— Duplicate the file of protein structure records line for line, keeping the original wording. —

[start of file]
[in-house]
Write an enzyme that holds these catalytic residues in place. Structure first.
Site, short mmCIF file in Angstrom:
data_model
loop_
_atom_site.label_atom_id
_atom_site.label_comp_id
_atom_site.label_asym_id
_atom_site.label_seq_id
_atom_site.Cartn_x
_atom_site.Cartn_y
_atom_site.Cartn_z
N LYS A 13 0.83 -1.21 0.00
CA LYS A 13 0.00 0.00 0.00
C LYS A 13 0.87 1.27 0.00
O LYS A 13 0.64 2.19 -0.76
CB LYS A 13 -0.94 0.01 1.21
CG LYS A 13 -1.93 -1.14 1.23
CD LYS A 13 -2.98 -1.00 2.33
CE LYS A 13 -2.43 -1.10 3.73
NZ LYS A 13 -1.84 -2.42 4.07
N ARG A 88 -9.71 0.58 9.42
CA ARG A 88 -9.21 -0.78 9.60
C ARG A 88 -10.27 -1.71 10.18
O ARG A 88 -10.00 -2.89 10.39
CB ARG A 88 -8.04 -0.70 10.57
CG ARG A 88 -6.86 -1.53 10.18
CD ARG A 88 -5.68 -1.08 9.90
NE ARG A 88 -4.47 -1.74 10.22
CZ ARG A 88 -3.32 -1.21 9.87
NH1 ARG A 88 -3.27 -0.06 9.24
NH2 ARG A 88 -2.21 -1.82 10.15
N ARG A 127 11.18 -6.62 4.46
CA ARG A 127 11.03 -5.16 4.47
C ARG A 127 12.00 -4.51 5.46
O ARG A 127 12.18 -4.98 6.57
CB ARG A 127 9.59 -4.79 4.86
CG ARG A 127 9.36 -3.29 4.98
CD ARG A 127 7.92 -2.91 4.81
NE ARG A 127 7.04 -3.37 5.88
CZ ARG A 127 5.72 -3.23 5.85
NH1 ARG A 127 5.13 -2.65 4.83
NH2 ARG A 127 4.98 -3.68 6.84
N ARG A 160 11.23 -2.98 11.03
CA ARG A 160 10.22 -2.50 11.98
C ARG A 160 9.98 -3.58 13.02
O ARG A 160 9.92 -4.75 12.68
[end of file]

[in-house]
Write an enzyme that holds these catalytic residues in place. Structure first.
Site, short mmCIF file in Angstrom:
data_model
loop_
_atom_site.label_atom_id
_atom_site.label_comp_id
_atom_site.label_asym_id
_atom_site.label_seq_id
_atom_site.Cartn_x
_atom_site.Cartn_y
_atom_site.Cartn_z
N LYS A 13 0.83 -1.21 0.00
CA LYS A 13 0.00 0.00 0.00
C LYS A 13 0.87 1.27 0.00
O LYS A 13 0.64 2.19 -0.76
CB LYS A 13 -0.94 0.01 1.21
CG LYS A 13 -1.93 -1.14 1.23
CD LYS A 13 -2.98 -1.00 2.33
CE LYS A 13 -2.43 -1.10 3.73
NZ LYS A 13 -1.84 -2.42 4.07
N ARG A 88 -9.71 0.58 9.42
CA ARG A 88 -9.21 -0.78 9.60
C ARG A 88 -10.27 -1.71 10.18
O ARG A 88 -10.00 -2.89 10.39
CB ARG A 88 -8.04 -0.70 10.57
CG ARG A 88 -6.86 -1.53 10.18
CD ARG A 88 -5.68 -1.08 9.90
NE ARG A 88 -4.47 -1.74 10.22
CZ ARG A 88 -3.32 -1.21 9.87
NH1 ARG A 88 -3.27 -0.06 9.24
NH2 ARG A 88 -2.21 -1.82 10.15
N ARG A 127 11.18 -6.62 4.46
CA ARG A 127 11.03 -5.16 4.47
C ARG A 127 12.00 -4.51 5.46
O ARG A 127 12.18 -4.98 6.57
CB ARG A 127 9.59 -4.79 4.86
CG ARG A 127 9.36 -3.29 4.98
CD ARG A 127 7.92 -2.91 4.81
NE ARG A 127 7.04 -3.37 5.88
CZ ARG A 127 5.72 -3.23 5.85
NH1 ARG A 127 5.13 -2.65 4.83
NH2 ARG A 127 4.98 -3.68 6.84
N ARG A 160 11.23 -2.98 11.03
CA ARG A 160 10.22 -2.50 11.98
C ARG A 160 9.98 -3.58 13.02
O ARG A 160 9.92 -4.75 12.68